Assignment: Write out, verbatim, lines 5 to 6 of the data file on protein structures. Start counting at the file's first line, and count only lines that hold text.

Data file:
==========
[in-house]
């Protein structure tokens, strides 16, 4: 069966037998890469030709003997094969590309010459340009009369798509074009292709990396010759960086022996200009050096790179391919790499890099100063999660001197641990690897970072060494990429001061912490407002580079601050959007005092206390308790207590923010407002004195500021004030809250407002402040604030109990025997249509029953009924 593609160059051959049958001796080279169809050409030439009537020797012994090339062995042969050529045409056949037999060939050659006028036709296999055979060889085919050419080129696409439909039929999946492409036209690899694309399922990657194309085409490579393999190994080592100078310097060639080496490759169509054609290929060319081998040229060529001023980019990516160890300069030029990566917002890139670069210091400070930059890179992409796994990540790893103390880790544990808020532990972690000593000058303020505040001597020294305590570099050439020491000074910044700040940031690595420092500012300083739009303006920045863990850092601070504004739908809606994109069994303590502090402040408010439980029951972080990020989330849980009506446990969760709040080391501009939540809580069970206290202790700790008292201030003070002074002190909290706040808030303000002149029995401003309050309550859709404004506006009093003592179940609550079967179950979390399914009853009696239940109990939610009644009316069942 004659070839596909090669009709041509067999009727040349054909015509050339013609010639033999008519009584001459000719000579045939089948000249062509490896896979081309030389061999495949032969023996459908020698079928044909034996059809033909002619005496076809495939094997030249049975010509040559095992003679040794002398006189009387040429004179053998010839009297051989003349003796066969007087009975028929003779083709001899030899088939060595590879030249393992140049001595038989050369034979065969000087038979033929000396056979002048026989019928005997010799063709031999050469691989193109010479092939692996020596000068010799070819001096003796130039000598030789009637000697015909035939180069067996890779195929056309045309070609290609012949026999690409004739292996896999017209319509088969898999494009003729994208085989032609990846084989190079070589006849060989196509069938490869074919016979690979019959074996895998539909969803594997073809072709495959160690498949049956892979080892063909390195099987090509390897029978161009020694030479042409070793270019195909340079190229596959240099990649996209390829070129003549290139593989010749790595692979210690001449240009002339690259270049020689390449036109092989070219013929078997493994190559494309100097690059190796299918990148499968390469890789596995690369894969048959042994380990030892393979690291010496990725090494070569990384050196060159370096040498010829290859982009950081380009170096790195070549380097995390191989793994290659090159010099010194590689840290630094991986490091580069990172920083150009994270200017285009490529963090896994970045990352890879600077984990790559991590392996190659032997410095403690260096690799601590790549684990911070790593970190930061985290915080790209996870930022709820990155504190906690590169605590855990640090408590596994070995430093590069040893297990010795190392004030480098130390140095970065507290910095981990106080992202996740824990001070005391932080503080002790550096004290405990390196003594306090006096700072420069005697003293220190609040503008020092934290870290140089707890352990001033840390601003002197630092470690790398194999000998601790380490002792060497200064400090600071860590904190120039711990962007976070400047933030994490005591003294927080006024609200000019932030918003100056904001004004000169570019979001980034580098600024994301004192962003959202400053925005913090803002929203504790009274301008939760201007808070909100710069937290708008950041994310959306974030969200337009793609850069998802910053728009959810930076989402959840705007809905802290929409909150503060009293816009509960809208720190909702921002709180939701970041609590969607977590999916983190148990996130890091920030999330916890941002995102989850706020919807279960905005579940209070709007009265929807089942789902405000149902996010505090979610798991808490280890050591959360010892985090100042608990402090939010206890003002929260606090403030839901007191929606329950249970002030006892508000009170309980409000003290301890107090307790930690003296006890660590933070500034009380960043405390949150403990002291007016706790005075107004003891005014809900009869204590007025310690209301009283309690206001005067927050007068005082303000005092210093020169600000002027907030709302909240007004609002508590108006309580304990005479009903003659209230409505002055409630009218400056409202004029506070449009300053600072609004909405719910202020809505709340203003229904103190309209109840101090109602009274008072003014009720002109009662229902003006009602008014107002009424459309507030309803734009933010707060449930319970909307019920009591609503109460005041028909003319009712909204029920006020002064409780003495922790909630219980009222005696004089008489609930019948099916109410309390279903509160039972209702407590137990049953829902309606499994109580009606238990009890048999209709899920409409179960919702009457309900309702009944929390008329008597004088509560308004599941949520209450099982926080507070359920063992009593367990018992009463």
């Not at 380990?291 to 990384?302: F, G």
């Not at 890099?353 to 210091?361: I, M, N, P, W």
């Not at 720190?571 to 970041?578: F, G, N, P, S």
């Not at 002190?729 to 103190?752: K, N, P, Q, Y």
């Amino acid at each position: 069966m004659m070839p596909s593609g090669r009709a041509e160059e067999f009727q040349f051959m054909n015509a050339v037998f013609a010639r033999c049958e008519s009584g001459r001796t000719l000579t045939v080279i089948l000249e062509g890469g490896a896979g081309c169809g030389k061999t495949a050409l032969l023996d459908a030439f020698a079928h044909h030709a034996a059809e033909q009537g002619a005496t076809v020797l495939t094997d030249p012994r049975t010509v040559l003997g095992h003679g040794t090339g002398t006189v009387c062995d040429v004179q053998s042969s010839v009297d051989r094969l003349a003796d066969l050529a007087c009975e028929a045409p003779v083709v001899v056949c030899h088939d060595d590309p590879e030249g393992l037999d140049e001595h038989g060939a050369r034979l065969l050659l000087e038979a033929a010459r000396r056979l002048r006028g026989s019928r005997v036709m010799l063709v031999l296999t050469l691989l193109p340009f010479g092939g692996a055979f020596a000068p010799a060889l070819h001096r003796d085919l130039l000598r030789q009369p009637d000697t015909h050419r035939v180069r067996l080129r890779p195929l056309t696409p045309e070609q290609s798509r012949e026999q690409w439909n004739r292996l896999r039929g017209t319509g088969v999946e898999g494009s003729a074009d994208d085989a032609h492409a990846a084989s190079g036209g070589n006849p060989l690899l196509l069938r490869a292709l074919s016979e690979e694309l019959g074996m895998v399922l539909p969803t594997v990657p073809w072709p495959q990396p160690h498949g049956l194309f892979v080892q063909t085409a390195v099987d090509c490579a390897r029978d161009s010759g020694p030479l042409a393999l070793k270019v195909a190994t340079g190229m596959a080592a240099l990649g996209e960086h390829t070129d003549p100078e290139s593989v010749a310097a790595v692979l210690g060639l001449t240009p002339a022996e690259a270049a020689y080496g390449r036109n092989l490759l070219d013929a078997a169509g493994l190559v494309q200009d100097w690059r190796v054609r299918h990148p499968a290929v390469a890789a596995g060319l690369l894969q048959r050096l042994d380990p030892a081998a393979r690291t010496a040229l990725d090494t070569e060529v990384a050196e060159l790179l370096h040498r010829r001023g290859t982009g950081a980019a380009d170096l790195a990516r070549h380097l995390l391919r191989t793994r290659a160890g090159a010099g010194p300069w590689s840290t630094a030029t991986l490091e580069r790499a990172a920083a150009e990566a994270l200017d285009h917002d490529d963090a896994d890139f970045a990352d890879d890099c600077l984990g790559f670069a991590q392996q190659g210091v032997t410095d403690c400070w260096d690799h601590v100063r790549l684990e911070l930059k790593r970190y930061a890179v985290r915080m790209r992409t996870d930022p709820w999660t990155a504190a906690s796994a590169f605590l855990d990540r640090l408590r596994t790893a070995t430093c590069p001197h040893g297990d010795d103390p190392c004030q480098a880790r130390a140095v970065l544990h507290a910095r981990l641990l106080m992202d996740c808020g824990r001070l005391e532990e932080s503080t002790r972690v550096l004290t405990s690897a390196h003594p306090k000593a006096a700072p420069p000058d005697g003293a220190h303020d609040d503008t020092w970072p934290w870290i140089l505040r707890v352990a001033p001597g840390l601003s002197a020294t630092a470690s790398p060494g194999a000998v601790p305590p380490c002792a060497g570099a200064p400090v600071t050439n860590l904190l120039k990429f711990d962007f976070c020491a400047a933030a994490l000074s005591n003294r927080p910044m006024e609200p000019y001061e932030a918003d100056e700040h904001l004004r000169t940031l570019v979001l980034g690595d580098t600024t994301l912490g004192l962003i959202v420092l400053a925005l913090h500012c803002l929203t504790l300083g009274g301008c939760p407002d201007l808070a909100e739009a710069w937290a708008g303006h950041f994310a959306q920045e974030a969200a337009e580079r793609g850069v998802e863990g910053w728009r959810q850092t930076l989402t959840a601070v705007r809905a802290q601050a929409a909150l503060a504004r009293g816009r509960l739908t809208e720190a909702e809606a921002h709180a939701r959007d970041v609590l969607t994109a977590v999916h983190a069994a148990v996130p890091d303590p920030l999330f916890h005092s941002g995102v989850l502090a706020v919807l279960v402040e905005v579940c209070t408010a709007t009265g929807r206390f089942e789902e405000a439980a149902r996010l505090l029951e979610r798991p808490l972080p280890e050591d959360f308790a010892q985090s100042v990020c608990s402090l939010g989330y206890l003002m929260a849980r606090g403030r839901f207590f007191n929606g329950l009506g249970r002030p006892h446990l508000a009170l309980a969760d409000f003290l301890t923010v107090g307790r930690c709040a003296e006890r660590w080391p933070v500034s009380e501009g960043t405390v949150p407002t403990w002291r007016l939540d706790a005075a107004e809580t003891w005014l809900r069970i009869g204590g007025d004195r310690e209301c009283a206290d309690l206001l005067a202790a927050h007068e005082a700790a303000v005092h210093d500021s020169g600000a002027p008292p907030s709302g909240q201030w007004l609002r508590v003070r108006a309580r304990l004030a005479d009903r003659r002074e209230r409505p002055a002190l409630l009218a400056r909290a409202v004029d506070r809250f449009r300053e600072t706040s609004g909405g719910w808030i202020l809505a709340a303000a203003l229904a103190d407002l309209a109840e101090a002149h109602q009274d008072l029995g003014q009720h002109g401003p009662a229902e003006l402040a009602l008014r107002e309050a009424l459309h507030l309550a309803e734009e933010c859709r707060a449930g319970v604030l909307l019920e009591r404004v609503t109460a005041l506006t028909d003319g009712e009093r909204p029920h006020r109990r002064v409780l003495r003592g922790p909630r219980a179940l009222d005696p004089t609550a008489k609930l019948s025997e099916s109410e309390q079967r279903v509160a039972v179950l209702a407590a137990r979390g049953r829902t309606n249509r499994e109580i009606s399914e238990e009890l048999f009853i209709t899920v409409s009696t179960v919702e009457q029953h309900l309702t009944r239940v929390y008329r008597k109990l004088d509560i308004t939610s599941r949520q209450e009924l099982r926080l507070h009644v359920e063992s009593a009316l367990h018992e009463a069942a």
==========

């Not at 720190?571 to 970041?578: F, G, N, P, S």
């Not at 002190?729 to 103190?752: K, N, P, Q, Y």